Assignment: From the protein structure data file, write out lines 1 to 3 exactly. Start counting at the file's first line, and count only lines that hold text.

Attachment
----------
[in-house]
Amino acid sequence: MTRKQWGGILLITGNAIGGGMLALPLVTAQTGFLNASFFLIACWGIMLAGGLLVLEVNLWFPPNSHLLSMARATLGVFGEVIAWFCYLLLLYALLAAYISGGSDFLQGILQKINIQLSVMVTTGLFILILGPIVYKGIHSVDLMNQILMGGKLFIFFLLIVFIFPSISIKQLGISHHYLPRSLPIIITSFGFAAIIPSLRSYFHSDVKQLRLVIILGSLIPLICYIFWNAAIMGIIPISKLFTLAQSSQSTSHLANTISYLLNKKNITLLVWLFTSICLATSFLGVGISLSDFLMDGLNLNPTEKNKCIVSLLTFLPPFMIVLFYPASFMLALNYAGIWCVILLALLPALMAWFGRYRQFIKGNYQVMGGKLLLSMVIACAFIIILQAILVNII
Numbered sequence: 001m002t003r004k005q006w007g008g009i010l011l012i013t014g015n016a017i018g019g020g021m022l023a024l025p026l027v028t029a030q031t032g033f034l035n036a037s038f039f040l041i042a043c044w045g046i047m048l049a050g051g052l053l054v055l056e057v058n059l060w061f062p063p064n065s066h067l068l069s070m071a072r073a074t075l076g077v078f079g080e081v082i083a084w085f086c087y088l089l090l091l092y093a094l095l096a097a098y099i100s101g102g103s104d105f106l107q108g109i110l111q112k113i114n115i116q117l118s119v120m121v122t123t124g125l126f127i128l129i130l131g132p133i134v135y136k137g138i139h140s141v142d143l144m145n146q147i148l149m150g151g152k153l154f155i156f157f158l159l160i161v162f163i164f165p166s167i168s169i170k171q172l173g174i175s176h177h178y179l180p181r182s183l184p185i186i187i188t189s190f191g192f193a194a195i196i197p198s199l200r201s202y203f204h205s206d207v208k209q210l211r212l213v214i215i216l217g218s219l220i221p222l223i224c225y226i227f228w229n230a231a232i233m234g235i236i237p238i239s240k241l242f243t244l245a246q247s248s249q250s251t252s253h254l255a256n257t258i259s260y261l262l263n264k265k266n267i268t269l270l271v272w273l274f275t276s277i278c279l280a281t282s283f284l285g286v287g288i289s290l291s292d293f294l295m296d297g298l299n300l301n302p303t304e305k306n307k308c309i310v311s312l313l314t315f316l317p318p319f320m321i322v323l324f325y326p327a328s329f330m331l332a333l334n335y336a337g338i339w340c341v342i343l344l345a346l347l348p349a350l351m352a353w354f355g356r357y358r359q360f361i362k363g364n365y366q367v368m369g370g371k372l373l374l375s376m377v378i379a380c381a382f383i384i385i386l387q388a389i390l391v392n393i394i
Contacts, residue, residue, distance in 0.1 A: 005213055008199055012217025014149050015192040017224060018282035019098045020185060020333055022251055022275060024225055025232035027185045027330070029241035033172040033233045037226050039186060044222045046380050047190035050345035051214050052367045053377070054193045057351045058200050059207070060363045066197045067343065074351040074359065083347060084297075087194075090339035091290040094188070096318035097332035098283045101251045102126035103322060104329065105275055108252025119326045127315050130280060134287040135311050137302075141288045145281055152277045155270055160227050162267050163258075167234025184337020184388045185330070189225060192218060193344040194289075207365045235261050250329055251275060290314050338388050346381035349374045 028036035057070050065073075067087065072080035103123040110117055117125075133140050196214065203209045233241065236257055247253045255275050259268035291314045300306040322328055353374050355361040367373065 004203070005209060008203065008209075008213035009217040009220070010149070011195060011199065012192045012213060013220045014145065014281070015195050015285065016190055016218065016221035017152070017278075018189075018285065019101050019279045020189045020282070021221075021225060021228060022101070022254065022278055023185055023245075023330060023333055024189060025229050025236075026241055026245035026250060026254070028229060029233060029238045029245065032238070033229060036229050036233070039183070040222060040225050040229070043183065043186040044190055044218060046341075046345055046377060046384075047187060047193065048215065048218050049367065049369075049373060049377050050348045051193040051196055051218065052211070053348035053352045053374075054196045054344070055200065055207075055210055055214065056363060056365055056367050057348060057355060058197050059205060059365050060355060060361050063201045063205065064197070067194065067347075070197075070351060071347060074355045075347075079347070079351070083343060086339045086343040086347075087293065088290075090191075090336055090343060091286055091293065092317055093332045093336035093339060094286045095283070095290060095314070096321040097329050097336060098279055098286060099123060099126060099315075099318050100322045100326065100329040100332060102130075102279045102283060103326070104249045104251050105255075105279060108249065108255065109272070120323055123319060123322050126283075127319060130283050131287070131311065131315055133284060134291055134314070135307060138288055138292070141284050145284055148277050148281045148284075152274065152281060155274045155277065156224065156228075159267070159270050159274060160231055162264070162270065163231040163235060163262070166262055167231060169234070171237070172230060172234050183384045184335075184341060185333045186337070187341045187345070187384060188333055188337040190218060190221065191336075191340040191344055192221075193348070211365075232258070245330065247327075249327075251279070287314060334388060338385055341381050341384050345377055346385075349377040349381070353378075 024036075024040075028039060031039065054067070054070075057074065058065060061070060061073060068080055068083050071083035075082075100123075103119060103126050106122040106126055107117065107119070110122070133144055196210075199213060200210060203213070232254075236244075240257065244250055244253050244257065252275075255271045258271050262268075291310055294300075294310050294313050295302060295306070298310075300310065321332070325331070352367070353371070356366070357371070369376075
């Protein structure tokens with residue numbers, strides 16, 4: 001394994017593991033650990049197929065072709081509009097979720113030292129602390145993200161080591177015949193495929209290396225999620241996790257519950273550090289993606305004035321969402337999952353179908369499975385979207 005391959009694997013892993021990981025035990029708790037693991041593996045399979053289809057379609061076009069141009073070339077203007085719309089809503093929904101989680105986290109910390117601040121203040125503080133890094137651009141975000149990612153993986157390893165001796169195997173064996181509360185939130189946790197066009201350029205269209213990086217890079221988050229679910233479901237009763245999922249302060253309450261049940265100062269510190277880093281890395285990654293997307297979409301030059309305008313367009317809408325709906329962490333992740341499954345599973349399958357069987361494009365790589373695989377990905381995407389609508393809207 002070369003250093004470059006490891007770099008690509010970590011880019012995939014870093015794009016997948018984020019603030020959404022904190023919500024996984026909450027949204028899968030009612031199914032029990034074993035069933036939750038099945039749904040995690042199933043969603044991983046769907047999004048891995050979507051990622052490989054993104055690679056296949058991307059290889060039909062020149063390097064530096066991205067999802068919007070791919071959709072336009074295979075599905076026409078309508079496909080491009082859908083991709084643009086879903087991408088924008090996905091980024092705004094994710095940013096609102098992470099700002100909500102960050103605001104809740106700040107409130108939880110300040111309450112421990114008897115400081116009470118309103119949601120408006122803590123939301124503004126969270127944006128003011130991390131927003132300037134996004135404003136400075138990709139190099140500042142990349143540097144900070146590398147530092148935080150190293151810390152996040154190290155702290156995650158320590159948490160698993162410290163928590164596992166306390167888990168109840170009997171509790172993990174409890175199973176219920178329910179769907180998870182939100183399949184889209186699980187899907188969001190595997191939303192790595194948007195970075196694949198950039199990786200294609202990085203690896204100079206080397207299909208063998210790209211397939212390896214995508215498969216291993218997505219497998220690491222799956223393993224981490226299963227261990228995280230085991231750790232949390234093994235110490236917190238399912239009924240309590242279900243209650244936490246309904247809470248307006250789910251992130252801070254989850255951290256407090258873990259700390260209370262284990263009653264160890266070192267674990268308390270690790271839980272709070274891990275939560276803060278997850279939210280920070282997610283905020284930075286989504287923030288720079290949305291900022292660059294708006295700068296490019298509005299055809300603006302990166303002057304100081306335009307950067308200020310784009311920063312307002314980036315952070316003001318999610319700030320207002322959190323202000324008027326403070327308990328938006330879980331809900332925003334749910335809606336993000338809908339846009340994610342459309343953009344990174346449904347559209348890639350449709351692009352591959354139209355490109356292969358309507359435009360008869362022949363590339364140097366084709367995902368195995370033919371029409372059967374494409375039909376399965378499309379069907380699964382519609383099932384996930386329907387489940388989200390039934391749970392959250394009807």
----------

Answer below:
[in-house]
Amino acid sequence: MTRKQWGGILLITGNAIGGGMLALPLVTAQTGFLNASFFLIACWGIMLAGGLLVLEVNLWFPPNSHLLSMARATLGVFGEVIAWFCYLLLLYALLAAYISGGSDFLQGILQKINIQLSVMVTTGLFILILGPIVYKGIHSVDLMNQILMGGKLFIFFLLIVFIFPSISIKQLGISHHYLPRSLPIIITSFGFAAIIPSLRSYFHSDVKQLRLVIILGSLIPLICYIFWNAAIMGIIPISKLFTLAQSSQSTSHLANTISYLLNKKNITLLVWLFTSICLATSFLGVGISLSDFLMDGLNLNPTEKNKCIVSLLTFLPPFMIVLFYPASFMLALNYAGIWCVILLALLPALMAWFGRYRQFIKGNYQVMGGKLLLSMVIACAFIIILQAILVNII
Numbered sequence: 001m002t003r004k005q006w007g008g009i010l011l012i013t014g015n016a017i018g019g020g021m022l023a024l025p026l027v028t029a030q031t032g033f034l035n036a037s038f039f040l041i042a043c044w045g046i047m048l049a050g051g052l053l054v055l056e057v058n059l060w061f062p063p064n065s066h067l068l069s070m071a072r073a074t075l076g077v078f079g080e081v082i083a084w085f086c087y088l089l090l091l092y093a094l095l096a097a098y099i100s101g102g103s104d105f106l107q108g109i110l111q112k113i114n115i116q117l118s119v120m121v122t123t124g125l126f127i128l129i130l131g132p133i134v135y136k137g138i139h140s141v142d143l144m145n146q147i148l149m150g151g152k153l154f155i156f157f158l159l160i161v162f163i164f165p166s167i168s169i170k171q172l173g174i175s176h177h178y179l180p181r182s183l184p185i186i187i188t189s190f191g192f193a194a195i196i197p198s199l200r201s202y203f204h205s206d207v208k209q210l211r212l213v214i215i216l217g218s219l220i221p222l223i224c225y226i227f228w229n230a231a232i233m234g235i236i237p238i239s240k241l242f243t244l245a246q247s248s249q250s251t252s253h254l255a256n257t258i259s260y261l262l263n264k265k266n267i268t269l270l271v272w273l274f275t276s277i278c279l280a281t282s283f284l285g286v287g288i289s290l291s292d293f294l295m296d297g298l299n300l301n302p303t304e305k306n307k308c309i310v311s312l313l314t315f316l317p318p319f320m321i322v323l324f325y326p327a328s329f330m331l332a333l334n335y336a337g338i339w340c341v342i343l344l345a346l347l348p349a350l351m352a353w354f355g356r357y358r359q360f361i362k363g364n365y366q367v368m369g370g371k372l373l374l375s376m377v378i379a380c381a382f383i384i385i386l387q388a389i390l391v392n393i394i